Friday, April 30, 2010

The Collector - Movie Review

I'm always on the hunt for inspiring and/or quirky art documentaries. This one definitely falls under the latter. I read about it while checking out a favorite interior design blog. As I recall, the topic of the post was hoarding, and this movie was suggested by another reader.

As artists, we tend to collect things- either because they are beautiful, or because we start to see patterns in multiple items, or they give us inspiration, or simply because we just want to possess. This short film was about lawyer cum collector/gallerist, Allan Stone. Frustrated by his day job as a Harvard-educated attorney, he started to conduct studio visits with artists as a break from the legal sphere. He became obsessed with art, but at the eventual expense of his own family life. The movie was created by his daughter, who observes that he collects all sorts of things- clothes, tools, vitamins, tennis balls, and mostly art, African Art. The film opens by showing paths carved out in his densely packed home allowing its inhabitants to go from room to room. The objects have indeed become an obstacle course. As she points out a favorite painting, he jokes that he's going to take that little jewel with him when he dies, like a pharaoh.


Allan Stone eventually started his own gallery on Manhattan's Upper East Side in 1960. It was not the pristine and open, white-washed box as the art galleries are today, but more reflective of his own personal taste and character. With an accidental sale, he started representing artists. He started with the Abstract Expressionists whose work consisted of feelings, sensations, and alienation: Willem de Kooning (his favorite- and mine too), Arshile Gorky, Yves Kline, Elaine de Kooning, Barnett Newman and discovered Wayne Thiebaud in 1962 at the advent of Pop Art which was suddenly more commercial. But representation by Alan Stone was not always good for the artist, because he didn't want to part with many of pieces in his own gallery. However, he was a treasured advisor to many artists with a keen eye for finding successful pieces over others. Where one particular piece has "it" (some indescribable x-factor) and another didn't. Having a visceral response to art during his studios visits, he was connected with the artist and the artist's work, knowing where the life of the work would go. He believed the studio was a hallowed and special place; where all the magic happens. One artist remarked that "most dealers have ears (meaning what will be marketable for profit's sake) but Allan has eyes". In a time when people started to collect for profit, he was not swayed by market values, he just wanted the pieces in his life and in his home.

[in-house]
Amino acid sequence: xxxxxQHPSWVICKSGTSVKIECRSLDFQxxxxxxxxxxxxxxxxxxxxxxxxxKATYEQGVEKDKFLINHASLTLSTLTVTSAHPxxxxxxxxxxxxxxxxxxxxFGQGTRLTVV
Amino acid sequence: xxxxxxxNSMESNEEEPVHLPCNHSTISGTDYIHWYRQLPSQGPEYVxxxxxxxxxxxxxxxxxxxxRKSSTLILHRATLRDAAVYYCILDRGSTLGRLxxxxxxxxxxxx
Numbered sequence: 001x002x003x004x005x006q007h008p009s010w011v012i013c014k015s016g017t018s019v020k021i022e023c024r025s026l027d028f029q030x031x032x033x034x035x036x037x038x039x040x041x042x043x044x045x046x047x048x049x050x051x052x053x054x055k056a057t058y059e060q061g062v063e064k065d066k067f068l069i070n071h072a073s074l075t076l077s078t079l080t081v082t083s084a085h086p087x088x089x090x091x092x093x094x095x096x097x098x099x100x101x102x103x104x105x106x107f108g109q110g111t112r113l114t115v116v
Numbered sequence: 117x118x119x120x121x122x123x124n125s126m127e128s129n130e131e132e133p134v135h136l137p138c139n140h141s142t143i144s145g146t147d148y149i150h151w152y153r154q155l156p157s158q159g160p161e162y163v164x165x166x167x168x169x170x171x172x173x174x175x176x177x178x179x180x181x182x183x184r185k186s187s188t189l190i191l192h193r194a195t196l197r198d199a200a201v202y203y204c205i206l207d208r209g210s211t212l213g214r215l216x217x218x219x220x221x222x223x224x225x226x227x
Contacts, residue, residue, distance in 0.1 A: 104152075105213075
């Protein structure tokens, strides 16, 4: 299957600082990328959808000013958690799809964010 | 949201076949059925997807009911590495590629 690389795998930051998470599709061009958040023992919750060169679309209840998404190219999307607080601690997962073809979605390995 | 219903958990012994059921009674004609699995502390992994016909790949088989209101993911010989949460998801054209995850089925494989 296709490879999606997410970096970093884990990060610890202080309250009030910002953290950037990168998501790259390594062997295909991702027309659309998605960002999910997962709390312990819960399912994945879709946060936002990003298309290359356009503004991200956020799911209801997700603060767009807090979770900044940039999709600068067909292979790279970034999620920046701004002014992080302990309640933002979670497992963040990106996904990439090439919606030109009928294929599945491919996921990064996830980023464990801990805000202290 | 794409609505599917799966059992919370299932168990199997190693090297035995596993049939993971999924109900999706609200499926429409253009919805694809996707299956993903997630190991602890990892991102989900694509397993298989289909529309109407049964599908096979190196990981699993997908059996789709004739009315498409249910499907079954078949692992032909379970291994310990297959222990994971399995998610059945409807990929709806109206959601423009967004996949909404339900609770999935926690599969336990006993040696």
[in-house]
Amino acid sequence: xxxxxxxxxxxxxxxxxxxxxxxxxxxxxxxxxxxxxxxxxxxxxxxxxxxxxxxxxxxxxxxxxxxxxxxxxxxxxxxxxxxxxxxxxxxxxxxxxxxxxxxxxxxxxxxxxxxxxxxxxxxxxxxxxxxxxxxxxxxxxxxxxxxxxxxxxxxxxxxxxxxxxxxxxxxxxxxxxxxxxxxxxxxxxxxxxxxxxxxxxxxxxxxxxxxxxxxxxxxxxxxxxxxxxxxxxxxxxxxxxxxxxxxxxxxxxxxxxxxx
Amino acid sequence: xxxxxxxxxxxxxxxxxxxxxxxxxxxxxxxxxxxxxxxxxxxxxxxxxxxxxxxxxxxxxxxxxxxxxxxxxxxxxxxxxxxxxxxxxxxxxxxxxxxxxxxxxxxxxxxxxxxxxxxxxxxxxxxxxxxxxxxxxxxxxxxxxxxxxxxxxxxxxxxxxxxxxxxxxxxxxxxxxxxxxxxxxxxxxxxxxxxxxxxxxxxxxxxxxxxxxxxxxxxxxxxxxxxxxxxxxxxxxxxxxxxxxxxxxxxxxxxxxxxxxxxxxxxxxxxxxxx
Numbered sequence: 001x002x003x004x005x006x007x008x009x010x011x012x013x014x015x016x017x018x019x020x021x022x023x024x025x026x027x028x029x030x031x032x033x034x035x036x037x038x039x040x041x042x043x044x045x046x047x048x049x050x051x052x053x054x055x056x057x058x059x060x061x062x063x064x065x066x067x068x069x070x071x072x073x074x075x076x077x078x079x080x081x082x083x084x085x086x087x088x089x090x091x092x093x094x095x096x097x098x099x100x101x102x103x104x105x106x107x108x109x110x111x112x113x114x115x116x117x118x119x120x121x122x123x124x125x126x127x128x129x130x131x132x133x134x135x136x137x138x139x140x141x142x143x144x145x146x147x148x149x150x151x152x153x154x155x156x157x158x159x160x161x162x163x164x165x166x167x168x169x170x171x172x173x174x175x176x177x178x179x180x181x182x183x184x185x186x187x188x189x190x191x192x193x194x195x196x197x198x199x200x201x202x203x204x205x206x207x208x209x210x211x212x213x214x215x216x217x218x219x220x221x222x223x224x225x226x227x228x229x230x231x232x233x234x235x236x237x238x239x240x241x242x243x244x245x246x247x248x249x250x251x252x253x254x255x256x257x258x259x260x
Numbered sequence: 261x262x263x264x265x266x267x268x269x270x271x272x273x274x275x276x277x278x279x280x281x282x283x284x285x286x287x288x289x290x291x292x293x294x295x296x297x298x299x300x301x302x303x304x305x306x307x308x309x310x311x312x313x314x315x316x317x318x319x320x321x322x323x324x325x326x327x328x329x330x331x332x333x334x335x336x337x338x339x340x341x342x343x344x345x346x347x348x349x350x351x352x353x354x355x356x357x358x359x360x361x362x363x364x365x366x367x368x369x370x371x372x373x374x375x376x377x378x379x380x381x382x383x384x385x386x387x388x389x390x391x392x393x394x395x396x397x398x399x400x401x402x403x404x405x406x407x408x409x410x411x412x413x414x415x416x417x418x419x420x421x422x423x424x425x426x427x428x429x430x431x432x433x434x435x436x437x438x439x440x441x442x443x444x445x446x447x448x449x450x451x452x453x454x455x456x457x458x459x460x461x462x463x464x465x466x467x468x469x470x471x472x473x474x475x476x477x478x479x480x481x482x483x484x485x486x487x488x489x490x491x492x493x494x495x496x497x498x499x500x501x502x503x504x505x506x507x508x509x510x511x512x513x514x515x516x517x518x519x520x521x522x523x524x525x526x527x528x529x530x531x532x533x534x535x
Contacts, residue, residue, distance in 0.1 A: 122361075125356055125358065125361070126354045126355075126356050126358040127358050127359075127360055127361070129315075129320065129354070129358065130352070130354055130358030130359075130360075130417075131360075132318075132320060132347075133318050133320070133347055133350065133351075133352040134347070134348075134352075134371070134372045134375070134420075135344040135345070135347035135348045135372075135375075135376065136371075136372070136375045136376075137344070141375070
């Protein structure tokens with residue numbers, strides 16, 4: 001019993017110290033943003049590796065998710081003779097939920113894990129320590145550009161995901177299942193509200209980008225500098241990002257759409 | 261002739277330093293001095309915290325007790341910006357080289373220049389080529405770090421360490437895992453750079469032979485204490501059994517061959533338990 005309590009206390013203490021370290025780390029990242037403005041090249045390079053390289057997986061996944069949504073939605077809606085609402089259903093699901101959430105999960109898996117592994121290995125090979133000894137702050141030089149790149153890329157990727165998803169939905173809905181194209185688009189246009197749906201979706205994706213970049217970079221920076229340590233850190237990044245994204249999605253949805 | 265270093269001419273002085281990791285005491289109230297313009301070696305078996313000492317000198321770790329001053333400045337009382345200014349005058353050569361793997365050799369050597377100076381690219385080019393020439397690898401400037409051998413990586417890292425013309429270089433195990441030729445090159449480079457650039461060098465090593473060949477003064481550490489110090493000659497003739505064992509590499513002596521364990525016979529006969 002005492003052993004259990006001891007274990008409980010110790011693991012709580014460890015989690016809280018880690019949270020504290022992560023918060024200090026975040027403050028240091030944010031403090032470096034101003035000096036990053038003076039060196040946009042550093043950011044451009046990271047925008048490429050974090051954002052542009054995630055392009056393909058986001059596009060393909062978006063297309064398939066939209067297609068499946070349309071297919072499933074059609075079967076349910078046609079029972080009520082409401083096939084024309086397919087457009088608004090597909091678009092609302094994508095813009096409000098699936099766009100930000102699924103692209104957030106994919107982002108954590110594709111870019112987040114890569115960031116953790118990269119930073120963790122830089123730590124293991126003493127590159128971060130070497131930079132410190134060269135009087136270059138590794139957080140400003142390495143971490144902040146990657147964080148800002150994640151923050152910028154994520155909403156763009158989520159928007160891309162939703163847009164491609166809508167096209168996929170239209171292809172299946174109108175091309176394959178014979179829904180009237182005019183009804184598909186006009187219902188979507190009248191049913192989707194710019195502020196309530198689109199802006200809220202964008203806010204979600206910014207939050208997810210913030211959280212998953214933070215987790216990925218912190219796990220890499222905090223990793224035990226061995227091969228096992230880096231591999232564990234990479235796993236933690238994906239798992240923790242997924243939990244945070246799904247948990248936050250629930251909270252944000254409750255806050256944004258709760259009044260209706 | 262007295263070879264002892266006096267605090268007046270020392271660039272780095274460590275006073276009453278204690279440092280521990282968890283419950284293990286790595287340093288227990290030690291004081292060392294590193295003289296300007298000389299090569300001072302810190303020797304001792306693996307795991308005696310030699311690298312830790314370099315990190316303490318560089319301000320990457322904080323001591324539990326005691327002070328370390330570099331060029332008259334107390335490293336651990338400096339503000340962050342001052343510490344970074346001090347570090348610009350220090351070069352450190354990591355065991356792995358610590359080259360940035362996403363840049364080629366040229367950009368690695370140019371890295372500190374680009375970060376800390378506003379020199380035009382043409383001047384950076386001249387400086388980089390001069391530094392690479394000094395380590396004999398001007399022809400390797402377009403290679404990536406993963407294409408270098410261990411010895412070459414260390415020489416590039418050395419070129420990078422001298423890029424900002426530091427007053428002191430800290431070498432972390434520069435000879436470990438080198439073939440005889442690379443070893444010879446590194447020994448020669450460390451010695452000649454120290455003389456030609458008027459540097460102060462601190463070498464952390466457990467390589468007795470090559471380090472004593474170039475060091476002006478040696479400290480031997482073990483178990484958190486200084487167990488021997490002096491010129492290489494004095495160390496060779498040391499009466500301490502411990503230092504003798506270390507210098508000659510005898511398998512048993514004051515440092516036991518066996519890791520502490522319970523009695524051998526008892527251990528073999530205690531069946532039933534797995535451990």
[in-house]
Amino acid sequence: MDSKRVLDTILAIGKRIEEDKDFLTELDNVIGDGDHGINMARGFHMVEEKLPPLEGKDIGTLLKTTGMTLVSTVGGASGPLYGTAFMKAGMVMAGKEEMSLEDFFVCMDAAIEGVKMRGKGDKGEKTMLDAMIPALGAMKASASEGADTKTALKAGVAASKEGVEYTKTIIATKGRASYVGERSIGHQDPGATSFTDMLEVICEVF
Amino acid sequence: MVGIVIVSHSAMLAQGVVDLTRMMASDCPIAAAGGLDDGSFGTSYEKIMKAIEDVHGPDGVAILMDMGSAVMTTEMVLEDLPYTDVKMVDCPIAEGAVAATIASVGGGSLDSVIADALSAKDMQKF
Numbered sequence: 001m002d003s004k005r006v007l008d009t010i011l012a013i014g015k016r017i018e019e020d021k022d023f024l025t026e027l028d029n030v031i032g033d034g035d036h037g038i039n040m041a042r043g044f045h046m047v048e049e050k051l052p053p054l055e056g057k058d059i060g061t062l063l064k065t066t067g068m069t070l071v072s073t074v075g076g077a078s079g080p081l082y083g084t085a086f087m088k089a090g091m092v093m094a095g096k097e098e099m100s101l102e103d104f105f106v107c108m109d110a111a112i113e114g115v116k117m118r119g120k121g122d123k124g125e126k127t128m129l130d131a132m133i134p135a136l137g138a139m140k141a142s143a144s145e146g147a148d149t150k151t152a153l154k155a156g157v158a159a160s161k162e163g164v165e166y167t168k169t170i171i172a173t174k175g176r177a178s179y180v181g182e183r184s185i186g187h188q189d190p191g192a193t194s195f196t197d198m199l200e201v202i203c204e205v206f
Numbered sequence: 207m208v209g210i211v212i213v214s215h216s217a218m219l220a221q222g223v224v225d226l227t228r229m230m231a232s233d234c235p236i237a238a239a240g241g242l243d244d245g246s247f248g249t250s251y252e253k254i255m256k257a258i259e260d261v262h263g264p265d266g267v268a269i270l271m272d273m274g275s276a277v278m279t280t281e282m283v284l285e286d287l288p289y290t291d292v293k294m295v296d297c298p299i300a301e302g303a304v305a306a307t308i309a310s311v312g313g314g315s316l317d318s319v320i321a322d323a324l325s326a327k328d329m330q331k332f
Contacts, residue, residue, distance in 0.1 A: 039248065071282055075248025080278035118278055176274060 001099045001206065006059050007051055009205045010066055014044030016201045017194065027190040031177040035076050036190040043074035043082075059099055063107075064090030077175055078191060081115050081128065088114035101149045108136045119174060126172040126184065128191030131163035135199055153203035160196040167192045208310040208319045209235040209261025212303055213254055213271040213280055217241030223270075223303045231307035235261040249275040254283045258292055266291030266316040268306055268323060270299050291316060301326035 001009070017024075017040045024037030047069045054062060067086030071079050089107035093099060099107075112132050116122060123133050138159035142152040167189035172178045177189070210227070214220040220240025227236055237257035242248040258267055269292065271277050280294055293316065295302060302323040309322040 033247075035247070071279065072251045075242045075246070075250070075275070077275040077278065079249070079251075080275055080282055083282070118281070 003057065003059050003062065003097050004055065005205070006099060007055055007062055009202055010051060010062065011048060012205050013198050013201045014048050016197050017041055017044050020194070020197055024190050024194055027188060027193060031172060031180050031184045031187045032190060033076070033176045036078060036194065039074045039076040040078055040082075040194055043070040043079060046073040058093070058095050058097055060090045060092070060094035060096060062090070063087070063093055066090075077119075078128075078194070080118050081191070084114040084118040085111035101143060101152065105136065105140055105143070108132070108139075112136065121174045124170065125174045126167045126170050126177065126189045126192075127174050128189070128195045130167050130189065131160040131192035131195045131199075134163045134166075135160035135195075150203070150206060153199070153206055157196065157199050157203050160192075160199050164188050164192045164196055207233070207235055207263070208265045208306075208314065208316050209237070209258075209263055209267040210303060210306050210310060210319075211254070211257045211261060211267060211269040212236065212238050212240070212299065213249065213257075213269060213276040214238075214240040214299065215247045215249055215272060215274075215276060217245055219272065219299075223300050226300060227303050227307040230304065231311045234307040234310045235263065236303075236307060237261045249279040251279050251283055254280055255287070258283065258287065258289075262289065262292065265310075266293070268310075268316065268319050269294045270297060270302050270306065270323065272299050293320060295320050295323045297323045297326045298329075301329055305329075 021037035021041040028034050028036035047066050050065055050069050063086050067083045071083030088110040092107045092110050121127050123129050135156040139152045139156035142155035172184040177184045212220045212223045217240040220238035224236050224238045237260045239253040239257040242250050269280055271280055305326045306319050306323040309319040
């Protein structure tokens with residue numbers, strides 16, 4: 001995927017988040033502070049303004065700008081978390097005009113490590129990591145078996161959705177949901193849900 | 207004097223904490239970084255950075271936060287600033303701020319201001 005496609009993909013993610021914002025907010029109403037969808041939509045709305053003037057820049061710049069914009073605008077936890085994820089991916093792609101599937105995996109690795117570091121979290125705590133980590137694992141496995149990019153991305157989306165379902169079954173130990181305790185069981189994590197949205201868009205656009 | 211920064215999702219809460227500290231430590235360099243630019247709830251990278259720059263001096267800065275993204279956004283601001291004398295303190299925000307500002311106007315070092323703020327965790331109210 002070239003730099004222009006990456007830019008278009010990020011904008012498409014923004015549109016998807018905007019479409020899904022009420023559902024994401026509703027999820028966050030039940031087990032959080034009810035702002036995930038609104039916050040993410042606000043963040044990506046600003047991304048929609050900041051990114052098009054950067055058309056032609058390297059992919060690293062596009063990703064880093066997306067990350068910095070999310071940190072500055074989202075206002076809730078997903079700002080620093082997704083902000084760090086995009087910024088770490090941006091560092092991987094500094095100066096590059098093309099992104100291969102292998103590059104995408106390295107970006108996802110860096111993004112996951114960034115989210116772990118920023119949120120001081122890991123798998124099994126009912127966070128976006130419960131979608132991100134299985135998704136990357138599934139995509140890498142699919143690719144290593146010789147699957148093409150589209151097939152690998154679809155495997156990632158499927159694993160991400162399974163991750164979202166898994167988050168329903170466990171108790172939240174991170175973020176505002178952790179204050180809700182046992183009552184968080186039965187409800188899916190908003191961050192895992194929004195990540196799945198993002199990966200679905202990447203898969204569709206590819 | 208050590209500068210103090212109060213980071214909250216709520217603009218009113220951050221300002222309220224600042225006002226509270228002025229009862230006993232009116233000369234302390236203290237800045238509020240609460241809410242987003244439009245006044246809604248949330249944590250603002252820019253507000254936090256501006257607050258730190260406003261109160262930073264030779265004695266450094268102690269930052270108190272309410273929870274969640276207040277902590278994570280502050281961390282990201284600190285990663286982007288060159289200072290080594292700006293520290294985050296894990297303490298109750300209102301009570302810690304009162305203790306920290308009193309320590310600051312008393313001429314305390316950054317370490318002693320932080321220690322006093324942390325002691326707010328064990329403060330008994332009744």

He was particularly drawn to texture, tortured, and raw surfaces, repetition which could explain the overwhelming number of African fetish figures and tribal pieces. He believed that they have a real power even within the context of his modern suburban home- a home much larger than the Manhattan apartment to accommodate the size of his collection. He believes he inherited his collecting "gene" from his father who liked to attend furniture auctions. With his urge to accumulate, he made several parallels to narcotics, getting a rush with every new piece and the idea of extreme sadness if collecting no longer appealed to him.

The movie had commentary by some familiar faces: Ivan Karp, Agnes Gund, some known artists, and New York Times art critic, Michael Kimmelman, who made a brilliant observation- this collection was his own artform. By collecting and arranging these objects he becomes a three-dimensional collage artist.

While the movie addresses the possibility of mental illness and touches on areas of psychoanalysis for this compulsion to collect, it doesn't really come to any conclusions whatsoever. The film just dismisses the mass accumulation as folly, and you're left with the notion that maybe your own collection isn't that big after all.

2 comments:

  1. Did you see the Exit Through the Giftshop doc? Similar inconclusive fascinating study of a mad obsessive street-art aficionado.

    ReplyDelete
  2. Yes, of course! That was on the must-see list.
    Another one I really enjoyed was Beautiful Losers.
    I recommend that one for art lovers like you and me.

    ReplyDelete

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